The final section on Dis-embodiment contains two thoughtful, substantial historical essays. The first is Steven Rachman's account of the medical illustrations of the nineteenth century Cantonese painter Lam Qua, produced for the medical missionary Rev Dr Peter Parker between 1836 and 1852. While recognising the colonial and medical power that gave Parker "unprecented access to the Chinese body of all ages and classes, male and female" (p. 142), Rachman argues that Parker and Lam Qua shared a unexpected commonality of task, working under pressure and against time, so that "cutting and painting find their ultimate equivalency in these images and in the lives and cases of the individuals they represent" (p.154).  Robert I Goler then tells the strange story of Dr George Dedlow, a fictional quadrupal amputee who "experienced" the spiritualist-induced reappearance of his amputated limbs. However bizarre the account (and that it was widely held to be nonfiction at the time), Goler suggests that it became a powerful contemporary symbol of thespiritual restoration needed for the health of the wounded post-Civil War United States. The final essay, by David A Kirby, brings us up to date with a reading of the science fiction film GATTACA. Conventionally GATTACA is taken as an intelligent and nuanced critique of genetic determinism. Kirby however finds that this critique has a major flaw in that it misses the "clear analogy between the genetic determinism faced by genetically unmodified people" in the film and "racial discrimination faced by minorities in contemporary American society" (p. 187). Joel Howell's response at the end of this section notes the disparity of the individual contributions but finds (or tries to find) a coherence in a shared concern with the tension between the purity of theory and the messiness of practice, and -- perhaps less obviously -- with the subjective nature of the gaze, which he finds in Lam Qua's subjects (and the gaze of these subjects), the technological gaze onto the wounded of the civil war, and the "race-blind, gender-blind" but genome-obsessed gaze of the world of GATTACA.

I don't usually review a book by listing the chapters and their contents, but in this case it is unavoidable because of the huge diversity of topic across the contributions. This is the drawback I alluded to at the start. A special edition of a journal, and particularly one that consciously draws on such a span of approaches, from personal account to history to image and film analysis, simply cannot be expected to show the same kind of argument development as an edited collection. Still, the book's lack of coherence is no less frustrating for being understandable. Any reader will have a hard job seeing what exactly holds all these pieces together. Of course, no editor is under any obligation to give the reader an easy ride. In this cas, though, it seems likely to antagonise the editors' desire to reach those members of the healthcare professions in need of the qualities of imagination and the inner resources to confront the unexpected. No nurse or doctor I know would have the time or energy to work their way through these papers, to get the message the editors obviously want them to. What's needed is a much less subtle path through the woods -- a clearer and more solid introduction, and a more consistent editorial lead throughout. Although the idea of having responses by different authors to end each section seems a good one in principle, in this particular case it means there is a lack of the necessary broader overview to lead us through the text.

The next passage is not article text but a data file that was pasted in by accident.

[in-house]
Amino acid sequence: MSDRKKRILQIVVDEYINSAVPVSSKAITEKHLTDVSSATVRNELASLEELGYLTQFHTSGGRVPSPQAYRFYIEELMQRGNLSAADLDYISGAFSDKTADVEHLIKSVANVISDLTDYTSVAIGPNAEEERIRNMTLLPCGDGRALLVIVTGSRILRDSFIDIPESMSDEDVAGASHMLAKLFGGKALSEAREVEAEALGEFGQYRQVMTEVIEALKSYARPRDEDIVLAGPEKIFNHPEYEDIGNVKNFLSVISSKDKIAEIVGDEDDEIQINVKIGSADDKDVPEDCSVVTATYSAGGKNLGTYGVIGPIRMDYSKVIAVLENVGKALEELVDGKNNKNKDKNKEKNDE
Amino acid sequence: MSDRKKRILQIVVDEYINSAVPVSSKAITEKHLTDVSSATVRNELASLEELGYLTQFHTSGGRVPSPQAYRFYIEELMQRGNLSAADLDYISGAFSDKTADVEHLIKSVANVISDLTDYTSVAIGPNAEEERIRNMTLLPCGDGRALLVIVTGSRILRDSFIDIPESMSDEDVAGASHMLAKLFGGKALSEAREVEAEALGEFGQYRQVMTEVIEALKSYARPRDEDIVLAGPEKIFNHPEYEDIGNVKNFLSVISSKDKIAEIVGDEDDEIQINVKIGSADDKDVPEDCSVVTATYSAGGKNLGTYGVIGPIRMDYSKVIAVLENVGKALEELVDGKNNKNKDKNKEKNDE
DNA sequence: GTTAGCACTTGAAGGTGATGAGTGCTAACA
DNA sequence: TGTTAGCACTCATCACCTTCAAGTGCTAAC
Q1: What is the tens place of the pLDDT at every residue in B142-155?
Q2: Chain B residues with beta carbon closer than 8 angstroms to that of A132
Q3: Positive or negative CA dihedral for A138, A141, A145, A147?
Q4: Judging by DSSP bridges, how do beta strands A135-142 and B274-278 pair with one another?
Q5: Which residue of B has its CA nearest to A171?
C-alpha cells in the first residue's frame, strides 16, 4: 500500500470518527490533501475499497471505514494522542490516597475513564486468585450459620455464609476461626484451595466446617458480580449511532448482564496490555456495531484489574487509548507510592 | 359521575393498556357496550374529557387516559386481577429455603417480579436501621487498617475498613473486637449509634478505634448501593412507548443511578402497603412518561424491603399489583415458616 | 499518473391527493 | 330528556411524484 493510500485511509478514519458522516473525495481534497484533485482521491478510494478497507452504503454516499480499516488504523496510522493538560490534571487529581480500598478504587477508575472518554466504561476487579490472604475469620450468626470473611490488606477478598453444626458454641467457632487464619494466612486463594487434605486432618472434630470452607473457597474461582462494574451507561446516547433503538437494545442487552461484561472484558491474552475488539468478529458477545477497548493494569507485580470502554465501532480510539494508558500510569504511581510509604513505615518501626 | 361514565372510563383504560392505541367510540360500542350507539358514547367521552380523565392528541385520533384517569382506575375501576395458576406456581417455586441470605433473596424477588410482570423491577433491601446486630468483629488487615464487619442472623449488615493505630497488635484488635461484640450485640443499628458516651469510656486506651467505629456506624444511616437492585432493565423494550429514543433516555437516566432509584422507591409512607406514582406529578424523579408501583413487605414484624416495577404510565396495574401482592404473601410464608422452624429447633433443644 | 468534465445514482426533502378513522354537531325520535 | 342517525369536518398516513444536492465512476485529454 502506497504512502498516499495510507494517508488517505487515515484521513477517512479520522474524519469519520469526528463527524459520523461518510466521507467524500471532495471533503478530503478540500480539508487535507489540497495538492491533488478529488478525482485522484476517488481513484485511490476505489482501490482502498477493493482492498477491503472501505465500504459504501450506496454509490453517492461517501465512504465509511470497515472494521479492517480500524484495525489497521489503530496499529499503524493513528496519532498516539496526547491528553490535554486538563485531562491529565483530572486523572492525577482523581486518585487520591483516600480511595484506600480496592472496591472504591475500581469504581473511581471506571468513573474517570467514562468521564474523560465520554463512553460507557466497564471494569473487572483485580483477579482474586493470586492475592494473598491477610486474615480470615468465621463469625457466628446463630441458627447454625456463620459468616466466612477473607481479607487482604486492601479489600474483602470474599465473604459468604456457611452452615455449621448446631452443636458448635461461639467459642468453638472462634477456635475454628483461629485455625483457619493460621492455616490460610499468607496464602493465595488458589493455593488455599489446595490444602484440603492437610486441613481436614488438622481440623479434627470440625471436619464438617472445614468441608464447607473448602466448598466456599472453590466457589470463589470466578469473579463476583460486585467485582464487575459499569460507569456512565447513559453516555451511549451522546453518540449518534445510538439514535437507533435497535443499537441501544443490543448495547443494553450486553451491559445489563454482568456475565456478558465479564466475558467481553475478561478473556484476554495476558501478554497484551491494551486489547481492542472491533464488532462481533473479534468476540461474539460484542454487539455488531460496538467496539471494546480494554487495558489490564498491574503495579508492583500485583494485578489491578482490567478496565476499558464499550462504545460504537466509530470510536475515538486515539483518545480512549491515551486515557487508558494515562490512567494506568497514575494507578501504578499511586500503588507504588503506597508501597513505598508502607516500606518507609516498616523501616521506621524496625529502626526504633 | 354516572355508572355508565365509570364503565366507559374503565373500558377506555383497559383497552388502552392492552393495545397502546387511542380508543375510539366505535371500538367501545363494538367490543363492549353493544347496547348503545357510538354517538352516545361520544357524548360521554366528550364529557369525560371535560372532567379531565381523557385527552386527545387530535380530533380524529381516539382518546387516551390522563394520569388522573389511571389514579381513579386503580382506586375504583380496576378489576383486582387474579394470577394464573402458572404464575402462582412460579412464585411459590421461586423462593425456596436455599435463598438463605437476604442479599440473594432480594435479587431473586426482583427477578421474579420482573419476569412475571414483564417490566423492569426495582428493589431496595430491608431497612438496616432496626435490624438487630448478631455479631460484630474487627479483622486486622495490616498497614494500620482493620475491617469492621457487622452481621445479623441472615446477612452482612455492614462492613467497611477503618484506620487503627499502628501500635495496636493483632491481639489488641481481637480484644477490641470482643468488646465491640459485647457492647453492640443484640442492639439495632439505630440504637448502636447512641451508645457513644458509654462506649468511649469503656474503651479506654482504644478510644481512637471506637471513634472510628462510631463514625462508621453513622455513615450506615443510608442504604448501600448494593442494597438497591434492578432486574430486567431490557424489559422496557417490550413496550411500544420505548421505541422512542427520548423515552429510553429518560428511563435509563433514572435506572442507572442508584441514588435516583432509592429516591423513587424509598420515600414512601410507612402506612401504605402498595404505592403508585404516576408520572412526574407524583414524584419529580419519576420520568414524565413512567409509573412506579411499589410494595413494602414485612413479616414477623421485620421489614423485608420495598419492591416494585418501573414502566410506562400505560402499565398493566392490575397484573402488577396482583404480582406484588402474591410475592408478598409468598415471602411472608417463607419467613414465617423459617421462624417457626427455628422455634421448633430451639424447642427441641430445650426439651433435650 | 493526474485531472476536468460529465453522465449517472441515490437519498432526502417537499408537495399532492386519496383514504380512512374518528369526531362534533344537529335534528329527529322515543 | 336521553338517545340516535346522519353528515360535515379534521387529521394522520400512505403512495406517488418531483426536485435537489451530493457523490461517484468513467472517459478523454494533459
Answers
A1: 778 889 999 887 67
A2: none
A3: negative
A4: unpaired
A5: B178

But what this collection does succeed in doing is whetting the appetite for more on topics raised in isolated chapters, and most of the authors manage to point the reader in the direction of further sources. Many readers will undoubtedly find different chapters catalyse further thinking and exploration, and in this the editors have certainly achieved part of their goal. It's just frustrating that I feel it will be mostly the already converted -- the nonpractitioner academics and not the working healthcare professionals -- who take the bait offered here.

 

 

© 2006 Jackie Leach Scully

Jackie Leach Scully, Ph.D., School of Geography, Politics and Sociology, Newcastle University, United Kingdom